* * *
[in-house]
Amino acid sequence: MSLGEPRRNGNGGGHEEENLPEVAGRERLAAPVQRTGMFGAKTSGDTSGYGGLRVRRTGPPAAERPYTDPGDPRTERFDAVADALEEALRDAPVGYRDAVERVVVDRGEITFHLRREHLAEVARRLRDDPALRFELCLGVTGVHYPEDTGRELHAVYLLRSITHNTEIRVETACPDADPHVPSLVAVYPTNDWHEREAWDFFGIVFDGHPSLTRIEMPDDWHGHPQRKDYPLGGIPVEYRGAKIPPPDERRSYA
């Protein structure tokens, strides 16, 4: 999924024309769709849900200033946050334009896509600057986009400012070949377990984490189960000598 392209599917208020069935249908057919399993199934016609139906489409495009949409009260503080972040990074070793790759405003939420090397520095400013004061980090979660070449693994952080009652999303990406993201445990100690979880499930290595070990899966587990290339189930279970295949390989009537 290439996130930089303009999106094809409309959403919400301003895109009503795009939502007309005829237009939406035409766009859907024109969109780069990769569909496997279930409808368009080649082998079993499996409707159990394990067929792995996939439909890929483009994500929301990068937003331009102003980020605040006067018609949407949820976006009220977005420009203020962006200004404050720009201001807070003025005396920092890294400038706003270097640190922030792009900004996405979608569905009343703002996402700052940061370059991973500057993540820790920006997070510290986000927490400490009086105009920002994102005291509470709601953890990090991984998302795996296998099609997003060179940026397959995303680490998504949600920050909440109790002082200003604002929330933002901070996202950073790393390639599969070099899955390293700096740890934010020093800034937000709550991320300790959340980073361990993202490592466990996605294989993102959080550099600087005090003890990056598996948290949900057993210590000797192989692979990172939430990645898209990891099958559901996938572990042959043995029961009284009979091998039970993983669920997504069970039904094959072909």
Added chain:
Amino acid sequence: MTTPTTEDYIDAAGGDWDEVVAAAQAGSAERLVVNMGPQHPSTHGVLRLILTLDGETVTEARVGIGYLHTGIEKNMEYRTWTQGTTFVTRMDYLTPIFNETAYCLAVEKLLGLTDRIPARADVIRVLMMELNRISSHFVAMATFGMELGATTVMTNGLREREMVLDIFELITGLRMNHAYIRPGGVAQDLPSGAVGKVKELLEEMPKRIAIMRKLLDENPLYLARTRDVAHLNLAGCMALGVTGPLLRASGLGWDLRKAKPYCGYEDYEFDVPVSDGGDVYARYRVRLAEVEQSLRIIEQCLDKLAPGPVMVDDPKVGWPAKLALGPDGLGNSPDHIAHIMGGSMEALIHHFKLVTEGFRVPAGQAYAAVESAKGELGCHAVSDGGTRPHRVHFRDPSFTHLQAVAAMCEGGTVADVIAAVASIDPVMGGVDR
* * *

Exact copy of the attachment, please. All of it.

[in-house]
Amino acid sequence: MSLGEPRRNGNGGGHEEENLPEVAGRERLAAPVQRTGMFGAKTSGDTSGYGGLRVRRTGPPAAERPYTDPGDPRTERFDAVADALEEALRDAPVGYRDAVERVVVDRGEITFHLRREHLAEVARRLRDDPALRFELCLGVTGVHYPEDTGRELHAVYLLRSITHNTEIRVETACPDADPHVPSLVAVYPTNDWHEREAWDFFGIVFDGHPSLTRIEMPDDWHGHPQRKDYPLGGIPVEYRGAKIPPPDERRSYA
């Protein structure tokens, strides 16, 4: 999924024309769709849900200033946050334009896509600057986009400012070949377990984490189960000598 392209599917208020069935249908057919399993199934016609139906489409495009949409009260503080972040990074070793790759405003939420090397520095400013004061980090979660070449693994952080009652999303990406993201445990100690979880499930290595070990899966587990290339189930279970295949390989009537 290439996130930089303009999106094809409309959403919400301003895109009503795009939502007309005829237009939406035409766009859907024109969109780069990769569909496997279930409808368009080649082998079993499996409707159990394990067929792995996939439909890929483009994500929301990068937003331009102003980020605040006067018609949407949820976006009220977005420009203020962006200004404050720009201001807070003025005396920092890294400038706003270097640190922030792009900004996405979608569905009343703002996402700052940061370059991973500057993540820790920006997070510290986000927490400490009086105009920002994102005291509470709601953890990090991984998302795996296998099609997003060179940026397959995303680490998504949600920050909440109790002082200003604002929330933002901070996202950073790393390639599969070099899955390293700096740890934010020093800034937000709550991320300790959340980073361990993202490592466990996605294989993102959080550099600087005090003890990056598996948290949900057993210590000797192989692979990172939430990645898209990891099958559901996938572990042959043995029961009284009979091998039970993983669920997504069970039904094959072909």
Added chain:
Amino acid sequence: MTTPTTEDYIDAAGGDWDEVVAAAQAGSAERLVVNMGPQHPSTHGVLRLILTLDGETVTEARVGIGYLHTGIEKNMEYRTWTQGTTFVTRMDYLTPIFNETAYCLAVEKLLGLTDRIPARADVIRVLMMELNRISSHFVAMATFGMELGATTVMTNGLREREMVLDIFELITGLRMNHAYIRPGGVAQDLPSGAVGKVKELLEEMPKRIAIMRKLLDENPLYLARTRDVAHLNLAGCMALGVTGPLLRASGLGWDLRKAKPYCGYEDYEFDVPVSDGGDVYARYRVRLAEVEQSLRIIEQCLDKLAPGPVMVDDPKVGWPAKLALGPDGLGNSPDHIAHIMGGSMEALIHHFKLVTEGFRVPAGQAYAAVESAKGELGCHAVSDGGTRPHRVHFRDPSFTHLQAVAAMCEGGTVADVIAAVASIDPVMGGVDR